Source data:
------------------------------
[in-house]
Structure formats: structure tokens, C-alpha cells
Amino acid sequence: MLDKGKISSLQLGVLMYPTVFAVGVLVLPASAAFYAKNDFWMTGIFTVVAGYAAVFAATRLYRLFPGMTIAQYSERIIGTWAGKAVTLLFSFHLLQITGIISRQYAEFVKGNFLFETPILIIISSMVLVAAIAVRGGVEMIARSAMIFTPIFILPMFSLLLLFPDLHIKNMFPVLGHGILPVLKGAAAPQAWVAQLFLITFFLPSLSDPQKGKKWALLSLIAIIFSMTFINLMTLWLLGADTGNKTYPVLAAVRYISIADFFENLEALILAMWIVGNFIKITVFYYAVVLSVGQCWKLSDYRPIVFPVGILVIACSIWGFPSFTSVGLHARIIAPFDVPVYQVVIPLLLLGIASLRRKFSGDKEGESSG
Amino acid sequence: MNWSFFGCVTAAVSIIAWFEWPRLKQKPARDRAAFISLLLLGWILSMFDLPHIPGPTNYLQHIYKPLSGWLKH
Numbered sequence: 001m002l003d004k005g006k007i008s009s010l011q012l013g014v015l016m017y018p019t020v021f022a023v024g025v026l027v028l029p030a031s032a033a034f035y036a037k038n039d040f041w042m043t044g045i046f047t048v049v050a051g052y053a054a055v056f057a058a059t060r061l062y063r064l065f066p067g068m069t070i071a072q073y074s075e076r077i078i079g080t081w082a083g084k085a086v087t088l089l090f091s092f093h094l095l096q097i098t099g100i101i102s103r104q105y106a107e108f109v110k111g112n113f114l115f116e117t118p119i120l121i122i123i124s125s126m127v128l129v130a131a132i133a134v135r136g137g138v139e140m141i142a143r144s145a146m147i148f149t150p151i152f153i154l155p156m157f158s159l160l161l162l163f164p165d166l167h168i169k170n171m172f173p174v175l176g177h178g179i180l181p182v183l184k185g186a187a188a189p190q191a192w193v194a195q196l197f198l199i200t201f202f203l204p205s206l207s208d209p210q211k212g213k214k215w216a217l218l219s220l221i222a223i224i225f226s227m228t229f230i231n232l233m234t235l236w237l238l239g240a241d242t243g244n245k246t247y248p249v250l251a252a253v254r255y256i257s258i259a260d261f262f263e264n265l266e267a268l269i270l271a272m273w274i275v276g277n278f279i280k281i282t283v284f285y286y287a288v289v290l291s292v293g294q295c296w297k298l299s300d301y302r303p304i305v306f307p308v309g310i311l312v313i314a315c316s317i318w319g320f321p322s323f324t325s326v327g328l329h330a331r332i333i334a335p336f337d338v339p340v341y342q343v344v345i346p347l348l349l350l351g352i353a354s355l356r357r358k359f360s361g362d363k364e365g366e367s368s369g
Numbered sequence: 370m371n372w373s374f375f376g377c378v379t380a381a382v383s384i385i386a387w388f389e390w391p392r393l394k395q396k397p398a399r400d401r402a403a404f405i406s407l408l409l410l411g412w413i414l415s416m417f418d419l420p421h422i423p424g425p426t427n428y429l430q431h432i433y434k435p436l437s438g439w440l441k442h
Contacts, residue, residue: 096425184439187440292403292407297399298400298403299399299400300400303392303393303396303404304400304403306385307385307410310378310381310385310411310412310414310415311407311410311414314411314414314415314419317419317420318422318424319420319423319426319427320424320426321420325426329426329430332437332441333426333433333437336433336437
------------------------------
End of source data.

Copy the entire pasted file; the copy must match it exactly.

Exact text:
[in-house]
Structure formats: structure tokens, C-alpha cells
Amino acid sequence: MLDKGKISSLQLGVLMYPTVFAVGVLVLPASAAFYAKNDFWMTGIFTVVAGYAAVFAATRLYRLFPGMTIAQYSERIIGTWAGKAVTLLFSFHLLQITGIISRQYAEFVKGNFLFETPILIIISSMVLVAAIAVRGGVEMIARSAMIFTPIFILPMFSLLLLFPDLHIKNMFPVLGHGILPVLKGAAAPQAWVAQLFLITFFLPSLSDPQKGKKWALLSLIAIIFSMTFINLMTLWLLGADTGNKTYPVLAAVRYISIADFFENLEALILAMWIVGNFIKITVFYYAVVLSVGQCWKLSDYRPIVFPVGILVIACSIWGFPSFTSVGLHARIIAPFDVPVYQVVIPLLLLGIASLRRKFSGDKEGESSG
Amino acid sequence: MNWSFFGCVTAAVSIIAWFEWPRLKQKPARDRAAFISLLLLGWILSMFDLPHIPGPTNYLQHIYKPLSGWLKH
Numbered sequence: 001m002l003d004k005g006k007i008s009s010l011q012l013g014v015l016m017y018p019t020v021f022a023v024g025v026l027v028l029p030a031s032a033a034f035y036a037k038n039d040f041w042m043t044g045i046f047t048v049v050a051g052y053a054a055v056f057a058a059t060r061l062y063r064l065f066p067g068m069t070i071a072q073y074s075e076r077i078i079g080t081w082a083g084k085a086v087t088l089l090f091s092f093h094l095l096q097i098t099g100i101i102s103r104q105y106a107e108f109v110k111g112n113f114l115f116e117t118p119i120l121i122i123i124s125s126m127v128l129v130a131a132i133a134v135r136g137g138v139e140m141i142a143r144s145a146m147i148f149t150p151i152f153i154l155p156m157f158s159l160l161l162l163f164p165d166l167h168i169k170n171m172f173p174v175l176g177h178g179i180l181p182v183l184k185g186a187a188a189p190q191a192w193v194a195q196l197f198l199i200t201f202f203l204p205s206l207s208d209p210q211k212g213k214k215w216a217l218l219s220l221i222a223i224i225f226s227m228t229f230i231n232l233m234t235l236w237l238l239g240a241d242t243g244n245k246t247y248p249v250l251a252a253v254r255y256i257s258i259a260d261f262f263e264n265l266e267a268l269i270l271a272m273w274i275v276g277n278f279i280k281i282t283v284f285y286y287a288v289v290l291s292v293g294q295c296w297k298l299s300d301y302r303p304i305v306f307p308v309g310i311l312v313i314a315c316s317i318w319g320f321p322s323f324t325s326v327g328l329h330a331r332i333i334a335p336f337d338v339p340v341y342q343v344v345i346p347l348l349l350l351g352i353a354s355l356r357r358k359f360s361g362d363k364e365g366e367s368s369g
Numbered sequence: 370m371n372w373s374f375f376g377c378v379t380a381a382v383s384i385i386a387w388f389e390w391p392r393l394k395q396k397p398a399r400d401r402a403a404f405i406s407l408l409l410l411g412w413i414l415s416m417f418d419l420p421h422i423p424g425p426t427n428y429l430q431h432i433y434k435p436l437s438g439w440l441k442h
Contacts, residue, residue: 096425184439187440292403292407297399298400298403299399299400300400303392303393303396303404304400304403306385307385307410310378310381310385310411310412310414310415311407311410311414314411314414314415314419317419317420318422318424319420319423319426319427320424320426321420325426329426329430332437332441333426333433333437336433336437